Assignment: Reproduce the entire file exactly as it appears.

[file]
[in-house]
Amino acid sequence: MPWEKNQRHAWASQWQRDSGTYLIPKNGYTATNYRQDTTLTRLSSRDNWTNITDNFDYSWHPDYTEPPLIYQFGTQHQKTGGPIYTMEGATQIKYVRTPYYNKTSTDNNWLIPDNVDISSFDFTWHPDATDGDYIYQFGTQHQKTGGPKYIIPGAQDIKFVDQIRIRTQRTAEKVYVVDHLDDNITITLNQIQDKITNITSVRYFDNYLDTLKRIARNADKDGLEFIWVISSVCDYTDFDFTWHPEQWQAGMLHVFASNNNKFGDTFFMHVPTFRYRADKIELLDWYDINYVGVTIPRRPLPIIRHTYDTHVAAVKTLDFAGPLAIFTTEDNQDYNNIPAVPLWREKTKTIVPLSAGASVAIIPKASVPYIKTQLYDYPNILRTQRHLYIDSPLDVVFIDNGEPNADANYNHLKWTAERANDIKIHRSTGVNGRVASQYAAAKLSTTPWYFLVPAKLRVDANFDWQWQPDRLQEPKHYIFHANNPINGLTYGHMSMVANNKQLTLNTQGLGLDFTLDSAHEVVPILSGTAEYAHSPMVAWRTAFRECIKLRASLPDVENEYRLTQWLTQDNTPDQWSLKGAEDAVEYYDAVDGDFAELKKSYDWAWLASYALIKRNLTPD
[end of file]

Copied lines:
[in-house]
Amino acid sequence: MPWEKNQRHAWASQWQRDSGTYLIPKNGYTATNYRQDTTLTRLSSRDNWTNITDNFDYSWHPDYTEPPLIYQFGTQHQKTGGPIYTMEGATQIKYVRTPYYNKTSTDNNWLIPDNVDISSFDFTWHPDATDGDYIYQFGTQHQKTGGPKYIIPGAQDIKFVDQIRIRTQRTAEKVYVVDHLDDNITITLNQIQDKITNITSVRYFDNYLDTLKRIARNADKDGLEFIWVISSVCDYTDFDFTWHPEQWQAGMLHVFASNNNKFGDTFFMHVPTFRYRADKIELLDWYDINYVGVTIPRRPLPIIRHTYDTHVAAVKTLDFAGPLAIFTTEDNQDYNNIPAVPLWREKTKTIVPLSAGASVAIIPKASVPYIKTQLYDYPNILRTQRHLYIDSPLDVVFIDNGEPNADANYNHLKWTAERANDIKIHRSTGVNGRVASQYAAAKLSTTPWYFLVPAKLRVDANFDWQWQPDRLQEPKHYIFHANNPINGLTYGHMSMVANNKQLTLNTQGLGLDFTLDSAHEVVPILSGTAEYAHSPMVAWRTAFRECIKLRASLPDVENEYRLTQWLTQDNTPDQWSLKGAEDAVEYYDAVDGDFAELKKSYDWAWLASYALIKRNLTPD